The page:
Again, just trying to train your brain into what you want it to pay attention to.
posted by Elysum at 7:56 PM on August 26, 2014

What Jesse the K said above. Use their name. And you aren't a bad person charoine for not being adept. I think remembering a name is somewhat overrated so long as you know the relationship.
posted by vapidave at 10:28 PM on August 26, 2014

The OP isn't having trouble remembering names, it's that they don't recognize faces.
posted by feets at 2:25 AM on August 27, 2014

I have the same problem and haven't worked out how to address it. Instead I focus on acting like I already know everybody and say things like,"Soooo, how have you been/what have you been up to?" People either think I'm friendly or that I'm carrying I my interest from a previous meeting. And I'm sort of quiet when I meet people that I fear I may have met before but don't know from Adam. In this case I find they remember me and project my quietness to earnest listening. Which I am. But I'm also covering that I'm trying to place them in time, place and history.

So...be quiet when you meet people you may have met before, smile, be warm and ask open questions. When you inevitably cock up and assume you do/don't know someone...say "Oh yes, I knew that, my apologies I just haven't had enough coffee today."

And that's how you fake it when you can't possibly make it. -Love from someone who worries she has prosopagnosia the moment someone changes their clothes or puts a bloody hat or sunglasses on.
posted by taff at 3:48 AM on August 27, 2014 [2 favorites]

Two anecdotes:
1) I was desperate to talk to a conference speaker after his keynote speech. He was mildly famous and I'd googled the hell out of him, looked at all his pictures etc. I hurried after him when he walked off the podium. He turned a corner. I followed...and was in a room full of people who were all dessed like him (dark suit and tie, short hair). I never found him again.

2) I was about to meet a lady and her business associates for a lunch. Said lady was, as you say, white, mid thirties, rich, with blonde hair. I printed out her vanity picture and took it to the restaurant with me. There was a blonde lady their. I stared at her, stared at the picture, stared at her. I couldn't figure out if it was her or not! Pictures are way different than a moving, alive person. Hairdos, clothes etc. change the entire look of a face. (It wasn't her. She ended up finding me instead of the other way around.)

So now you know what didn't work for me. My best bet is to pick one defining feature (crooked nose, eyes close together etc.) I find that if I actually write down "crooked nose" and then subvocalize it when I am looking at a likely-to-be-them candidate it is easier to see if it is actually him or not. If I just try to memorise the face without putting words to it, it doesn't work so well.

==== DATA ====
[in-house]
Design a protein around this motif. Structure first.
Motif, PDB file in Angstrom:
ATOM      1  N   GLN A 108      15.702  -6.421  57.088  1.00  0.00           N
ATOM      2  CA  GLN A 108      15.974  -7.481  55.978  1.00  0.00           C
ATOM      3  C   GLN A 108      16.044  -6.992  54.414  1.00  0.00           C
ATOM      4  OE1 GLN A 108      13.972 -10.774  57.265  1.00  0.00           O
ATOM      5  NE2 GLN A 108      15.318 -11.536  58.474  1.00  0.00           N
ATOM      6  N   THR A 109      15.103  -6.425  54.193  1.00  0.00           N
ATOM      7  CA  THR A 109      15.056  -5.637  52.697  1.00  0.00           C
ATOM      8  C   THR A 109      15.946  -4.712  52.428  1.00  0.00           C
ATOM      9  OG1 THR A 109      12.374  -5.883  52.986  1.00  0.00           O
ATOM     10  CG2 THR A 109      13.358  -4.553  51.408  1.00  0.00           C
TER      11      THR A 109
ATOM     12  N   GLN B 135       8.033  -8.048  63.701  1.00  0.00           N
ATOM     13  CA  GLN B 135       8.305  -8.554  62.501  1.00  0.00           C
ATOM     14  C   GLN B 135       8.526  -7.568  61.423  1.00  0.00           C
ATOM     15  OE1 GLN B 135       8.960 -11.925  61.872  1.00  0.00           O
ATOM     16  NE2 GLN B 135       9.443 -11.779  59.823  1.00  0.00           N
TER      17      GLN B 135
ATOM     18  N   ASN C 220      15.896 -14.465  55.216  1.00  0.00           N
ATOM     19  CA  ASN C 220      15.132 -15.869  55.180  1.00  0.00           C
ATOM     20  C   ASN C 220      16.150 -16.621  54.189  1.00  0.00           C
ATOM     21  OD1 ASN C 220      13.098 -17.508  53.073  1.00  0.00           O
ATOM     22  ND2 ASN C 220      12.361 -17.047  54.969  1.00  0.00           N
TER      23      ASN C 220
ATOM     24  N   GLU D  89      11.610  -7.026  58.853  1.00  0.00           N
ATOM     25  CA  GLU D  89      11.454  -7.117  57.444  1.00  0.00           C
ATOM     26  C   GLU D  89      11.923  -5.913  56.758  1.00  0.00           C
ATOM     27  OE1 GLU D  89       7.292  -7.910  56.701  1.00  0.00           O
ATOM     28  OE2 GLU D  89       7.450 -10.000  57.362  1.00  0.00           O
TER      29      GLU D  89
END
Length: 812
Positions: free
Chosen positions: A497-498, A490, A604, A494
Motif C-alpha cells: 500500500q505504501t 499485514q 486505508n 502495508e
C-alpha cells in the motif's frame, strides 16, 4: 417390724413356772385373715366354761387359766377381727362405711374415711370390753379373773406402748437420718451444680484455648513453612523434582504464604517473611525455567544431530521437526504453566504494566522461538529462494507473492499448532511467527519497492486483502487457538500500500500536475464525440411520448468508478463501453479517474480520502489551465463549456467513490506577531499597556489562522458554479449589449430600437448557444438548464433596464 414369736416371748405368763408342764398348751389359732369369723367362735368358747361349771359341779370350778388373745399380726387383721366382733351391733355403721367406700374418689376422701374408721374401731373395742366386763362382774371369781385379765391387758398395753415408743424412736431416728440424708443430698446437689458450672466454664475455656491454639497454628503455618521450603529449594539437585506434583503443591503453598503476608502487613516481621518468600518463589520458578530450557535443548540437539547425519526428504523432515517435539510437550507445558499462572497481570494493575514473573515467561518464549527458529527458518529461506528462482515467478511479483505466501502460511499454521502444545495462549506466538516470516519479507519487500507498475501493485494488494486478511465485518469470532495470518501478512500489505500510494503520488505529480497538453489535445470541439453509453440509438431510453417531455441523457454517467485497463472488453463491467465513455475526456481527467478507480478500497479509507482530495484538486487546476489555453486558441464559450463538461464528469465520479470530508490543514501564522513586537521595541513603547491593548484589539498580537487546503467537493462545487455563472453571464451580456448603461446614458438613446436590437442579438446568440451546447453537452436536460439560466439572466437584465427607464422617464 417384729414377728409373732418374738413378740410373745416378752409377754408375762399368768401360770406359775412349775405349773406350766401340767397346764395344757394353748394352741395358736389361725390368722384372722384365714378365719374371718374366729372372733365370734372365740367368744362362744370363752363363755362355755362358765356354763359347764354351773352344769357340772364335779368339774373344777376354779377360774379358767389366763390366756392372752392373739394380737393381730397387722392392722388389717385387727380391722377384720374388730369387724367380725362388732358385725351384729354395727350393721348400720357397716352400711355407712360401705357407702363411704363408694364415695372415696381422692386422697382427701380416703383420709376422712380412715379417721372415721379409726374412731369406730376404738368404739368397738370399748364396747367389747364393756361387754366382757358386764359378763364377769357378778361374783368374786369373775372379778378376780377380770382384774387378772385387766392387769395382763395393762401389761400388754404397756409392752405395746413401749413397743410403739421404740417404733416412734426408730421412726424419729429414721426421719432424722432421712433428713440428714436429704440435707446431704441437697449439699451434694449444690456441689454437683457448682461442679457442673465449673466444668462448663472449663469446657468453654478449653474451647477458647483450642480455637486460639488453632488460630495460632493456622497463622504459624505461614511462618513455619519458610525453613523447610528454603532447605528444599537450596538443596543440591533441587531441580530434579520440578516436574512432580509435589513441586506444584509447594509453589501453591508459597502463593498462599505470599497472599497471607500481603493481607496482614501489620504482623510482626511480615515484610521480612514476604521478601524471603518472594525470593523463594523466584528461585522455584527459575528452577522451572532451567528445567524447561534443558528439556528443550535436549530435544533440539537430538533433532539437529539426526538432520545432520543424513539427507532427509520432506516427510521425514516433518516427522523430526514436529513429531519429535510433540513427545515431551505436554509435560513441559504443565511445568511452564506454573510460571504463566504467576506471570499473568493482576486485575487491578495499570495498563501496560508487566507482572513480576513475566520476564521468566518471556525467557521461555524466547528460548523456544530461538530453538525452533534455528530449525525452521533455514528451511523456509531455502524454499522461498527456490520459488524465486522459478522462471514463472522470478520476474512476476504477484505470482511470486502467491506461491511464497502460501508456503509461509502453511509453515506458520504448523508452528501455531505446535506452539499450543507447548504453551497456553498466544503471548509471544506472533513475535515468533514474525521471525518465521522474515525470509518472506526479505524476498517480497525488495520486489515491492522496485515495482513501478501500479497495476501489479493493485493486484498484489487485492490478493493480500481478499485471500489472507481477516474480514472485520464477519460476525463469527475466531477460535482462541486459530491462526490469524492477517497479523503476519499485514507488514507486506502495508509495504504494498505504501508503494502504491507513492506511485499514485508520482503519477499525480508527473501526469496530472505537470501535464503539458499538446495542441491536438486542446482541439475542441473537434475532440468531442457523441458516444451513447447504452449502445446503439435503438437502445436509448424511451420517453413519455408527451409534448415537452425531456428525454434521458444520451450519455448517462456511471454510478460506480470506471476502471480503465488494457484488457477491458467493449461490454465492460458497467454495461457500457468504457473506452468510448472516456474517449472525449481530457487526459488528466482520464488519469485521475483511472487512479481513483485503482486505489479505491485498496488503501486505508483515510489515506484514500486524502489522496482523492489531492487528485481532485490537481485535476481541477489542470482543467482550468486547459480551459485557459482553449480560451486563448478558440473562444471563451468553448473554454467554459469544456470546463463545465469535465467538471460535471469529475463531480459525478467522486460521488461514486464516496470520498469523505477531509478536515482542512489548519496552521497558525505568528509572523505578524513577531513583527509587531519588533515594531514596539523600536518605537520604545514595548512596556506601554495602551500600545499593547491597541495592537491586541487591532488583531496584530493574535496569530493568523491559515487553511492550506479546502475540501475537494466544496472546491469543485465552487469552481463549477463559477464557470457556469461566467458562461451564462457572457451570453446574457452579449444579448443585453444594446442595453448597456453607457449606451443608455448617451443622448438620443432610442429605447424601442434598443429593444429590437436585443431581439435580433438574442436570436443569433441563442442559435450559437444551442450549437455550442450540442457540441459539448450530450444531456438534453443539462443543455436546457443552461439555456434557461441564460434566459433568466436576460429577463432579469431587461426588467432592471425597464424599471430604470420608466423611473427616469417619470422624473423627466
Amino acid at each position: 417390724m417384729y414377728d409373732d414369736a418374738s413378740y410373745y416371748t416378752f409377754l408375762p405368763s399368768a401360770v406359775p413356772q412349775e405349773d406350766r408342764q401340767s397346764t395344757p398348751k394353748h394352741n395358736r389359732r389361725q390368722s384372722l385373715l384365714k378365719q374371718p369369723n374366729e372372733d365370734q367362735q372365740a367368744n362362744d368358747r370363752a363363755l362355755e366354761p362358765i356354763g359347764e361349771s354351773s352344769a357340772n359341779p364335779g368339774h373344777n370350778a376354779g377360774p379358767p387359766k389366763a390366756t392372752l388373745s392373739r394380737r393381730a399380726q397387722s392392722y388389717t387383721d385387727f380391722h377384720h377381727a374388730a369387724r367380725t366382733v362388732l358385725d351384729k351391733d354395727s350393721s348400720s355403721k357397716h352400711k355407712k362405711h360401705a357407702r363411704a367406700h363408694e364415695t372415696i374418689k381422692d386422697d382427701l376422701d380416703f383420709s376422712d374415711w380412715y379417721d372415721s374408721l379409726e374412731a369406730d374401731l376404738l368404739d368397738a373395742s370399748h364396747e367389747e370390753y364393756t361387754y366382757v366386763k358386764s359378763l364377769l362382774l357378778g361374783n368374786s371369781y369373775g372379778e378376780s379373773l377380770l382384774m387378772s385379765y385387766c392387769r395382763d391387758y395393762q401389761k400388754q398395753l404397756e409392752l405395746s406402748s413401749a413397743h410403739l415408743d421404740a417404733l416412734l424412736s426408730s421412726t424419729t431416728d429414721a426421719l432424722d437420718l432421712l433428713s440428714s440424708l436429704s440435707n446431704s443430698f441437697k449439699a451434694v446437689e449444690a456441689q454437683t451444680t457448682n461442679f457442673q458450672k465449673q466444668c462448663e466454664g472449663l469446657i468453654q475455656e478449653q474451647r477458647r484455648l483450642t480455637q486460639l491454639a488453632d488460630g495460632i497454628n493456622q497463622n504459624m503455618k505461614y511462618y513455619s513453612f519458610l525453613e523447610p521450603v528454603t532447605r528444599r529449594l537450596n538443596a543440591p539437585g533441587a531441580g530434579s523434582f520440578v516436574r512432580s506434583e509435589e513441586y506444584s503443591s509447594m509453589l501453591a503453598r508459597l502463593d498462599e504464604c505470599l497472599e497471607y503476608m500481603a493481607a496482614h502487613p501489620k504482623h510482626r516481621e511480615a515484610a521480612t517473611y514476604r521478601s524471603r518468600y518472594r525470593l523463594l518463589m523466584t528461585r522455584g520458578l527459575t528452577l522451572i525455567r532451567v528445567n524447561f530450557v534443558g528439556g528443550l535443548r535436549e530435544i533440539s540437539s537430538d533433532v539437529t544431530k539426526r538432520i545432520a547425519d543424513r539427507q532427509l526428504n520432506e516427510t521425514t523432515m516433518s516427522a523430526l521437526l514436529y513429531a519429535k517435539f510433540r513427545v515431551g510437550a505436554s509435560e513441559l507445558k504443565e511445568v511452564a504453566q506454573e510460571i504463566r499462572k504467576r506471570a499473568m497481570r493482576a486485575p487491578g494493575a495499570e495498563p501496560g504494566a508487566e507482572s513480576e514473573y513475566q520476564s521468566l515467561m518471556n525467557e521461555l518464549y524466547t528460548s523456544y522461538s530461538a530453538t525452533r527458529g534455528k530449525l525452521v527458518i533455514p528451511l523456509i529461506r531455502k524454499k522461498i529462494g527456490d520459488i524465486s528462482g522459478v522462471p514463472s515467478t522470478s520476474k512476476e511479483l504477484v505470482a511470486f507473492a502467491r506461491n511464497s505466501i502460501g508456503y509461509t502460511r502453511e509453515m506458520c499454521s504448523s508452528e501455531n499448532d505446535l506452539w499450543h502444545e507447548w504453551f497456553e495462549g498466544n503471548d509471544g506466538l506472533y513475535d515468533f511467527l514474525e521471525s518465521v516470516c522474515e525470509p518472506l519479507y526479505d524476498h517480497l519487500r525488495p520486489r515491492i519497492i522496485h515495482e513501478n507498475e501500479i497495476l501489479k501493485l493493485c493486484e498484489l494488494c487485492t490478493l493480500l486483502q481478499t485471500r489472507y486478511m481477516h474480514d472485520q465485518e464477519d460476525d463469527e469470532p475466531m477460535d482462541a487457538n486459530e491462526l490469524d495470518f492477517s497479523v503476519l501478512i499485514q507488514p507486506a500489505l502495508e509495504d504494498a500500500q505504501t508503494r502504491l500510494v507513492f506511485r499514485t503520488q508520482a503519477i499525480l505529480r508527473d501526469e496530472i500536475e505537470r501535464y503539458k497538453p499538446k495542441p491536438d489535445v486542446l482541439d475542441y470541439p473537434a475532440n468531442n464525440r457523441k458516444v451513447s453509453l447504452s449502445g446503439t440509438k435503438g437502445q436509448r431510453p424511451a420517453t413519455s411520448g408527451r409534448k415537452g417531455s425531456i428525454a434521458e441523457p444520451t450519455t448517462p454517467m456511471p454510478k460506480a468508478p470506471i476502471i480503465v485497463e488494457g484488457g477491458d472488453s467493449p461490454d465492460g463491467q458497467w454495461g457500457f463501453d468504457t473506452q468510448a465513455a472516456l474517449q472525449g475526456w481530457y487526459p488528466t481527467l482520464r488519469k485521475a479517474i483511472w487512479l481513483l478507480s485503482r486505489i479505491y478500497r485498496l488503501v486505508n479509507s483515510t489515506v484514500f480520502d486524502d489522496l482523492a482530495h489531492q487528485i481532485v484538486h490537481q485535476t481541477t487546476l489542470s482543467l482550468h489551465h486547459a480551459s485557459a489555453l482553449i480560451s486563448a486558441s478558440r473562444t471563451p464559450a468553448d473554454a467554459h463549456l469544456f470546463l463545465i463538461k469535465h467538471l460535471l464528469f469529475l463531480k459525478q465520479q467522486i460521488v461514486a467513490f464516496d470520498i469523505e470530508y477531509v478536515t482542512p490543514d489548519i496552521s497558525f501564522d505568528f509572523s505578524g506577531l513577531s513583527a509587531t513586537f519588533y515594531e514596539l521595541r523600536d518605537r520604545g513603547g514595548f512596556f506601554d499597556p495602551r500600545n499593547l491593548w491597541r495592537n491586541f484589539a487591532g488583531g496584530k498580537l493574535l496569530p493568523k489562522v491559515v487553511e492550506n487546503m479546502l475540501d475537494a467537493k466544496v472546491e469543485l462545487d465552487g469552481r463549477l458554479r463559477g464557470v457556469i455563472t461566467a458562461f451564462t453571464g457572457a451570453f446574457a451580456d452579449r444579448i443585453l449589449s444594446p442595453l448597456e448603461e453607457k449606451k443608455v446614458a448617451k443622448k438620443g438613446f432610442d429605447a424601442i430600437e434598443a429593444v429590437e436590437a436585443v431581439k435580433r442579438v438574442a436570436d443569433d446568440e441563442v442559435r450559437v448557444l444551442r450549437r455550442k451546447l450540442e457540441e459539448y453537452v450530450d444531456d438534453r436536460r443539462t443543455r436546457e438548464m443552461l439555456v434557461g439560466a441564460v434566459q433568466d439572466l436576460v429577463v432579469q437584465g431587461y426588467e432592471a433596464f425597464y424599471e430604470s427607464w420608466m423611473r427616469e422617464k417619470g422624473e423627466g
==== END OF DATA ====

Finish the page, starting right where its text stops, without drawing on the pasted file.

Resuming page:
posted by Omnomnom at 5:51 AM on August 27, 2014

Also, I don't remember faces OR names and I work a job that basically requires it. So remember me and my sad plight when you're getting annoyed!
posted by Omnomnom at 5:53 AM on August 27, 2014

I struggle with this problem too. For some reason, though I can't keep a holistic picture of a face in my head, I can remember one or two details about that face. My workaround is just picking a detail like the curve of the nostril opening, the shape of an upper lip, the point of the chin, the texture of the skin on the nose or the meeting of the eyebrows and filing that away as a marker. (oh, and eyeglasses are a pretty good cheat.) It's not optimal and I really hope you get some better suggestions in this thread.
posted by klarck at 5:54 AM on August 27, 2014

I have actually tried neurofeedback for prosopagnosia and it helped. The idea is that there is a specific area of the brain for recognizing faces and an EEG can determine if that area is active and feed this information back to you.
posted by Obscure Reference at 6:20 AM on August 27, 2014 [1 favorite]

Obscure Reference, what sort of professional or business does one call to try that sort of thing?
posted by yohko at 2:00 PM on August 27, 2014

Response by poster: Thanks everyone! These suggestions are great. A few more complicating factors on some of the suggestions, though: 1. Many of the people that I'm meeting are unlikely to have a searchable photo online (low income communities, no Internet at home). 2. When I'm meeting people, I'm usually proactively approaching them ("hi, I'm cheerwine with the nonprofit. We're having a meeting at place at time on day about thing. Can you make it?") as they're trying to rush out the door, so there isn't usually time to chat and fish around for recognition.
posted by cheerwine at 5:30 PM on August 27, 2014

A neurofeedback practitioner. This is currently a wild & unregulated profession with many different competing certifications and types of equipment. The guy I saw was a psychologist doing research.
posted by Obscure Reference at 6:42 PM on August 27, 2014

I've had four professors this semester take photos of every student standing in front of a white board with their name written on it, explaining that this was the only way they would ever manage to learn our names.

Since you're meeting people in less formal settings, could you ask to snap a picture of them while putting their contact information into your phone, perhaps?
posted by inertia at 9:48 AM on August 29, 2014